So what next? As you might imagine, books are big in our household and Christmas wouldn’t be Christmas without an exchange of literary gifts. This year, I received a book penned by the great master of intrigue and storytelling, Frederick Forsyth. ‘The Outsider’ tells the tale of his adventurous life and reveals seeds sown in his childhood, which go some way to explain how he tumbled into writing.   Before you run away with the idea that he had a tragic or tricky upbringing, he didn’t, as he is pretty keen to point out.

My gift to my other half was ‘Affluenza’ by Oliver James, psychologist and broadcaster. It provides a fascinating insight into the ‘disease’ that first afflicted the States and now, by default, us. The affliction is best summed up as a cycle of wanting more, getting it, but without feeling any sense of satisfaction. Miserable, you want more and so the deadly cycle of misery is sustained. If you’re feeling under financial pressure or are driven by a crazed desire to ‘keep up with the Joneses,’ ‘Affluenza’ provides the perfect antidote.   The good news is that the simpler (and more achievable) your desires, the happier you will be. Good news if you’re hard up. Rubbish news if you set your sights on becoming a writer – I put that in!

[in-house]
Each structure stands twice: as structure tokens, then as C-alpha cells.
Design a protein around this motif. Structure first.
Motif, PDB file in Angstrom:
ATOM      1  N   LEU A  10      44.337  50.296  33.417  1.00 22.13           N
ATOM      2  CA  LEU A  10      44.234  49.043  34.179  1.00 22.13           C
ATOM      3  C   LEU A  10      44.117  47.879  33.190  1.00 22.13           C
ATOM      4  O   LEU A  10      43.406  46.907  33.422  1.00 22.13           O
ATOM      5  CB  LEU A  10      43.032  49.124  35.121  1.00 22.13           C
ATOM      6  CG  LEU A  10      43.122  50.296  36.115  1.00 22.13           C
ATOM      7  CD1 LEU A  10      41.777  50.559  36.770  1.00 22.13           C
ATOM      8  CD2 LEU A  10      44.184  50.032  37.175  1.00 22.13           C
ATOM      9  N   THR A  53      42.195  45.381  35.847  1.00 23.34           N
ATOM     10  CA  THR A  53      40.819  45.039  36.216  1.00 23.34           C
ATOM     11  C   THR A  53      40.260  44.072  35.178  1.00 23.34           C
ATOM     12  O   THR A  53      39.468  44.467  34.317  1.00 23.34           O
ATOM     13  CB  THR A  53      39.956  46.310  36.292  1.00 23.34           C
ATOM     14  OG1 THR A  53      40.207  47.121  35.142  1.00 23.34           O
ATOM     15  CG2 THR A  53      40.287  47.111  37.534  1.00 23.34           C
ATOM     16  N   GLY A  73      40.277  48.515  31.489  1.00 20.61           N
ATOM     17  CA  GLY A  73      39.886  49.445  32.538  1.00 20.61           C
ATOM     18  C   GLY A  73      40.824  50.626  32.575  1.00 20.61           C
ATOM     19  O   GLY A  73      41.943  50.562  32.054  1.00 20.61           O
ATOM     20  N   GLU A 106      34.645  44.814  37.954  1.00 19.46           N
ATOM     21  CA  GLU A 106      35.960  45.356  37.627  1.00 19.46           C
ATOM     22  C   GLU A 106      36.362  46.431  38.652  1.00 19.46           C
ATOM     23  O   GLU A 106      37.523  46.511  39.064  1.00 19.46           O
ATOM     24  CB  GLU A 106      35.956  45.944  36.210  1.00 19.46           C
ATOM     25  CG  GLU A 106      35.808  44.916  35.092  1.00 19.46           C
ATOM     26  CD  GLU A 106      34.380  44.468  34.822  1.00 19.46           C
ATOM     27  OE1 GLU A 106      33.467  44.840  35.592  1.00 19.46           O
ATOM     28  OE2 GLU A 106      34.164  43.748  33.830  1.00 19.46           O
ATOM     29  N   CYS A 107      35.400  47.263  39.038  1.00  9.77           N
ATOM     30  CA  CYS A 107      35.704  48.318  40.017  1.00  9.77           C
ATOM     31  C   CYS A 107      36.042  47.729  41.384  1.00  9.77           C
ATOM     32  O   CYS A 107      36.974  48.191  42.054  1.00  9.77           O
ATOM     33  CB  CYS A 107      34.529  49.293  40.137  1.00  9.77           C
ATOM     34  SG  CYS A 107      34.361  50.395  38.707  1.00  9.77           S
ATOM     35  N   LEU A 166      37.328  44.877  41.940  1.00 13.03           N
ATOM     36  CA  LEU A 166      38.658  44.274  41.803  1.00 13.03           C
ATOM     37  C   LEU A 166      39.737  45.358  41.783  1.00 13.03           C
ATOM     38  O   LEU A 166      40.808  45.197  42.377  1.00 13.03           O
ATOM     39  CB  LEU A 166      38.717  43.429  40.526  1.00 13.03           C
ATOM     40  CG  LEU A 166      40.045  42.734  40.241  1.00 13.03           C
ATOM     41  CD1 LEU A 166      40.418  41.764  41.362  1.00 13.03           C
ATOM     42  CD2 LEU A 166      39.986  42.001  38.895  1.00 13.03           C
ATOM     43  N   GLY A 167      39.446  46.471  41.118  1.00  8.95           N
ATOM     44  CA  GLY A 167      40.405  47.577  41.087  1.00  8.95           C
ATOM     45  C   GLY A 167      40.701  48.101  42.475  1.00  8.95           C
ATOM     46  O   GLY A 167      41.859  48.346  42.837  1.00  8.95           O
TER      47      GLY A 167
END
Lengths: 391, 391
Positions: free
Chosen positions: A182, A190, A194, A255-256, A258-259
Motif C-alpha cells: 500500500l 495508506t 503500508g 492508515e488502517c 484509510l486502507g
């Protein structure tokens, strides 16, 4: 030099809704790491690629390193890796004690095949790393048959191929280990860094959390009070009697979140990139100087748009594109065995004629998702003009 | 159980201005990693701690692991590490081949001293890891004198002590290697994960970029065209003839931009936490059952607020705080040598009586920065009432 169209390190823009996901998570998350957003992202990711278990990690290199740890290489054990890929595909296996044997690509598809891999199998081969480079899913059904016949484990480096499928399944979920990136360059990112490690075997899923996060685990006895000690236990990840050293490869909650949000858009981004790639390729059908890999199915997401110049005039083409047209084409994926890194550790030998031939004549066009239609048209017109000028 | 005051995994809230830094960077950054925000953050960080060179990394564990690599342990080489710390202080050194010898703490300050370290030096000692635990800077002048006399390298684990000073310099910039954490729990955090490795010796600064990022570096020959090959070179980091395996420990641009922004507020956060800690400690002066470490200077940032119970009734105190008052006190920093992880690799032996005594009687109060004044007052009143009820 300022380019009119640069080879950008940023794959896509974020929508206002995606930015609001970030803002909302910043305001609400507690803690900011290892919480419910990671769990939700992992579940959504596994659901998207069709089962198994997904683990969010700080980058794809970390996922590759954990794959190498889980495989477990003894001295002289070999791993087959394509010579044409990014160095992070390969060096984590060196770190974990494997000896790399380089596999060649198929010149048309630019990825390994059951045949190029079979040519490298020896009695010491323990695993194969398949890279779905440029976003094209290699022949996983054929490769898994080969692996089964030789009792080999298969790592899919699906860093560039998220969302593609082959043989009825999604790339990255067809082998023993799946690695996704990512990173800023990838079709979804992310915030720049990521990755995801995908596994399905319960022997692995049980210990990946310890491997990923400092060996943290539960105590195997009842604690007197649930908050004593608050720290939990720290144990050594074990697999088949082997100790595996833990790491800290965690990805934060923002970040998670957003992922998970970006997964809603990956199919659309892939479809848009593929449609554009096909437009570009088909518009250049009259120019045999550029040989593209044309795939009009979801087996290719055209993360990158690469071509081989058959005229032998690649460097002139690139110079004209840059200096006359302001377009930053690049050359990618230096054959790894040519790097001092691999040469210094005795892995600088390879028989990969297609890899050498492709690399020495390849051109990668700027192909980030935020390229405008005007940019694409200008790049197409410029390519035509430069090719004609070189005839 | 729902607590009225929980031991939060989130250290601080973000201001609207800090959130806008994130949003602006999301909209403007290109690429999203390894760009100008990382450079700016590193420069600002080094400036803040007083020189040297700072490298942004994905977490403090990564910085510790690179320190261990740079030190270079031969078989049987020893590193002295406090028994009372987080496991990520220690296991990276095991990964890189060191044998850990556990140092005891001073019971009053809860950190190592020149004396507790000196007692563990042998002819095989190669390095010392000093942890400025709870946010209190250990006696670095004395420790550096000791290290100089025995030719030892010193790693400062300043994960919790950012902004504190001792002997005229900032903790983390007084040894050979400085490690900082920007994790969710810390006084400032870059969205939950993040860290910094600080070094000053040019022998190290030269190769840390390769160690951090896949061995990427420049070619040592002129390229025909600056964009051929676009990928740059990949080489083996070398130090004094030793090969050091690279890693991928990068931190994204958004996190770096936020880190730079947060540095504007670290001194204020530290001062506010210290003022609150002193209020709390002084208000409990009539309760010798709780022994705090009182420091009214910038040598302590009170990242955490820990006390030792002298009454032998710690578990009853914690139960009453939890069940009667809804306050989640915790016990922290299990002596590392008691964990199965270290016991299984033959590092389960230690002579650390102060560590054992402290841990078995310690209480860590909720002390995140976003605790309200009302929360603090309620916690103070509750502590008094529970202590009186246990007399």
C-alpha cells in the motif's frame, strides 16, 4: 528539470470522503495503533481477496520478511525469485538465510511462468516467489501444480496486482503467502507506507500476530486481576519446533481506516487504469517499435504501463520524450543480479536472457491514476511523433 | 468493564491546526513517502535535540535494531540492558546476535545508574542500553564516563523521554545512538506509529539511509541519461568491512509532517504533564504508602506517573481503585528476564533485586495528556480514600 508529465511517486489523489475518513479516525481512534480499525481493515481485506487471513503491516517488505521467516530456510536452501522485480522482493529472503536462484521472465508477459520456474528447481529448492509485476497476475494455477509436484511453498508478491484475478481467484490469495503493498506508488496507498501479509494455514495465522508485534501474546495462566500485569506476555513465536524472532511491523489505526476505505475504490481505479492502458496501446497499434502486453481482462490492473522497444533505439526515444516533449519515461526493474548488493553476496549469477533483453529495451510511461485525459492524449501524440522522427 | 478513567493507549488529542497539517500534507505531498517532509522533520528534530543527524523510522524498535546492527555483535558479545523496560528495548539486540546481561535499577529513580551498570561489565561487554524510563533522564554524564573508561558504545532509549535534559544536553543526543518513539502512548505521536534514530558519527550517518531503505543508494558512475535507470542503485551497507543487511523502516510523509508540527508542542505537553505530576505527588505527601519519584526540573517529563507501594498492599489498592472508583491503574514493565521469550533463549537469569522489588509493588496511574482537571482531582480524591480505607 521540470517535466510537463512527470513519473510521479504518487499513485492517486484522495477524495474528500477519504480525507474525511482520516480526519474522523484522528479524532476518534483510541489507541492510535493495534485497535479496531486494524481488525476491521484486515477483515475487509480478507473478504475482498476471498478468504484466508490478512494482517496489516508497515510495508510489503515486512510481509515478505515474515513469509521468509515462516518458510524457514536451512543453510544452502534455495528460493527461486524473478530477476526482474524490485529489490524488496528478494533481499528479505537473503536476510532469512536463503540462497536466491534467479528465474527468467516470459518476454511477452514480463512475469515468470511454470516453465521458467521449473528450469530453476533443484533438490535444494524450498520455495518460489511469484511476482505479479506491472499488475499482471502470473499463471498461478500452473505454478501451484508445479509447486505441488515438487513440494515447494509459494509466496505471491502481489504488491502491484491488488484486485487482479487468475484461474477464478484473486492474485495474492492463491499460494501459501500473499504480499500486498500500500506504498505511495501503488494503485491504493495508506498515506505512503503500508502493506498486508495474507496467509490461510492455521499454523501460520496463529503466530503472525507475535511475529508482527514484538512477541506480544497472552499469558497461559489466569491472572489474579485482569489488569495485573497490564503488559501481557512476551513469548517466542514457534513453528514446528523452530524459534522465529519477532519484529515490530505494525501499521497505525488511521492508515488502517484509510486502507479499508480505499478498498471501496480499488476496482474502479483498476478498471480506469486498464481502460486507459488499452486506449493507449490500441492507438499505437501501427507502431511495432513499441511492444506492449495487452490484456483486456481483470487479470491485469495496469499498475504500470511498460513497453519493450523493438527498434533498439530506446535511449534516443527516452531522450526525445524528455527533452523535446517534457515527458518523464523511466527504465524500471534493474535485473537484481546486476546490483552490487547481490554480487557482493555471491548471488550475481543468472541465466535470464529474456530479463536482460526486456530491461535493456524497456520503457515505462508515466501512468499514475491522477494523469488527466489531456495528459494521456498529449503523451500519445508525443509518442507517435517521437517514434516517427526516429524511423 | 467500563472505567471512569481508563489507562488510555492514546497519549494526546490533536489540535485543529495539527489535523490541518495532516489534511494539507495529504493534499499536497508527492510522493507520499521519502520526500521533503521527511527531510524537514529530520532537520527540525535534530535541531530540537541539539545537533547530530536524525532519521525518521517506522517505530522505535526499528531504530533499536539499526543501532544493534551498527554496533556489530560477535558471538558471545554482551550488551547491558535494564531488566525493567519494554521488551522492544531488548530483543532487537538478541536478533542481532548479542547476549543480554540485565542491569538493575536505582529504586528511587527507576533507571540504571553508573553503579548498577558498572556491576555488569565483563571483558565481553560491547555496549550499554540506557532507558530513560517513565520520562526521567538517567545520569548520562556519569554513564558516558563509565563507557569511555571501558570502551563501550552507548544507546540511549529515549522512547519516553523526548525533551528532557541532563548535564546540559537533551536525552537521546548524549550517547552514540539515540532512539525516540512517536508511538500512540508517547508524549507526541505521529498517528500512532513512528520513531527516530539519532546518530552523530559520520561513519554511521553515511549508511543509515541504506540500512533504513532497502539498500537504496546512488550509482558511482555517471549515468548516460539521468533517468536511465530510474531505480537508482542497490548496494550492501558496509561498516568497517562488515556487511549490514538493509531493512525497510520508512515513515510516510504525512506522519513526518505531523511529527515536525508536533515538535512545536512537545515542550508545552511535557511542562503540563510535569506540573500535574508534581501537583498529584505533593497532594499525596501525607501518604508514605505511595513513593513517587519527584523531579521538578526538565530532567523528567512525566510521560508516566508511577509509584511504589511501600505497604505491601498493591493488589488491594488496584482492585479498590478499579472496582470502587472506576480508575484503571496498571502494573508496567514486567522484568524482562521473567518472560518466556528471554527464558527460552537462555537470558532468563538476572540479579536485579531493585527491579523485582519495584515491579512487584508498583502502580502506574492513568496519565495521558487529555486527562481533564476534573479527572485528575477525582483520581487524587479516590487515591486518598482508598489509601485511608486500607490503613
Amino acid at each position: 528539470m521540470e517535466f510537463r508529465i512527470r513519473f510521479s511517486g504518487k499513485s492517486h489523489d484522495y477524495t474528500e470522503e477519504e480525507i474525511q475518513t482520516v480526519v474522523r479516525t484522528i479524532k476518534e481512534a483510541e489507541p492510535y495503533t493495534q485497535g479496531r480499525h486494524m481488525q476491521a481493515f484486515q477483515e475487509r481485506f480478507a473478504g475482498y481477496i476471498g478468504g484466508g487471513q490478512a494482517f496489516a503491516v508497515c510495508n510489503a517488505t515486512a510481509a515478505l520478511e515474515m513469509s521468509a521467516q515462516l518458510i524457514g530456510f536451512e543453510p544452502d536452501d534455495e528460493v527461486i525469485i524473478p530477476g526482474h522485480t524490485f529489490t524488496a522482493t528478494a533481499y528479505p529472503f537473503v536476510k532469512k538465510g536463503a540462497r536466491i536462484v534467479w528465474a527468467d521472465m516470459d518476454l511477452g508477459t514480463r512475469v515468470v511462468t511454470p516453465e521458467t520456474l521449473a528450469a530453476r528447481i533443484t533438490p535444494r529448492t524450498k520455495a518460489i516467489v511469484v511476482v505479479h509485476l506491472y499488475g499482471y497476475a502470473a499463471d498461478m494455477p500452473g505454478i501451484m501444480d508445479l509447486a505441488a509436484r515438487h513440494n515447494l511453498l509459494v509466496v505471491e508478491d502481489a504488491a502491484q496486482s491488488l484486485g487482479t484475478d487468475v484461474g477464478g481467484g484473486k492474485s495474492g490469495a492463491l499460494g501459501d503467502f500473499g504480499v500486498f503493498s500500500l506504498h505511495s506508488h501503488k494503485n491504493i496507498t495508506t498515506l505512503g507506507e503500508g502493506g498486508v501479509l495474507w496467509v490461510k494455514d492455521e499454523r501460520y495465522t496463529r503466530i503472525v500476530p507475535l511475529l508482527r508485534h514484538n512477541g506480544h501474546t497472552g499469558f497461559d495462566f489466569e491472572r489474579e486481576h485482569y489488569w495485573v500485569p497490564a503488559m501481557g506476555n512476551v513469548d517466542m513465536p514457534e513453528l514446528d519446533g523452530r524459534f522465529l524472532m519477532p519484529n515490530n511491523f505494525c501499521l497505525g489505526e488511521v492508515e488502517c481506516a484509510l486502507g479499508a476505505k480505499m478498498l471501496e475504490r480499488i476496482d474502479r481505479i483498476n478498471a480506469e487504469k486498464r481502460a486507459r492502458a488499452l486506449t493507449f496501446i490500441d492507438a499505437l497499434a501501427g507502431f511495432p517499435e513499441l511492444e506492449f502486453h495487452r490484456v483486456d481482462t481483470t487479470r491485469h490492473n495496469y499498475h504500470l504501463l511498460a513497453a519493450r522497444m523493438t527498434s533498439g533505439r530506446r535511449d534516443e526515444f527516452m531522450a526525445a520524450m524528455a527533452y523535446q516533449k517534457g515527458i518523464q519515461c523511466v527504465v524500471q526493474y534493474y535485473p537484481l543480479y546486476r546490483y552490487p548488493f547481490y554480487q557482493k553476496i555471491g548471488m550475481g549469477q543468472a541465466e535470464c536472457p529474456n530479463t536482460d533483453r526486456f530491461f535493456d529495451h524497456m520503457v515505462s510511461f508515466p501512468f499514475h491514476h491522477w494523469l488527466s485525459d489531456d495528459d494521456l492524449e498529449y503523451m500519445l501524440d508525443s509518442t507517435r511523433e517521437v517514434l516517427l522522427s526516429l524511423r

So what connects these two books, you may ask? To answer that, I need to cut and rewind to a conversation I had with my long-suffering husband a couple of days before Christmas. For a variety of reasons, which I don’t need to bore you with, I was banging on (in a slightly Divaesque tone) about how ‘civilians’ don’t understand what it is to be a writer. How do you explain to someone who is, for example, retired, or works 9-5 that you might like to party hard one moment and then crave and demand solitude the next without seeming flaky, capricious or an insufferably pretentious ‘artiste’? How do you convey that, all the time you have that fixed grin on your face at a social gathering, you’re really taking notes or dreaming about the next scene you’re going to write? How do you put across that, actually, you’re a tad odd without causing either alarm or offence? You might think why bother to explain any of the above? Social niceties, especially at this time of year, often dictate, I’m afraid. Writers often unwittingly give false impressions that they are one kind of animal when, underneath, they are something else entirely, and I’m guilty of this as charged.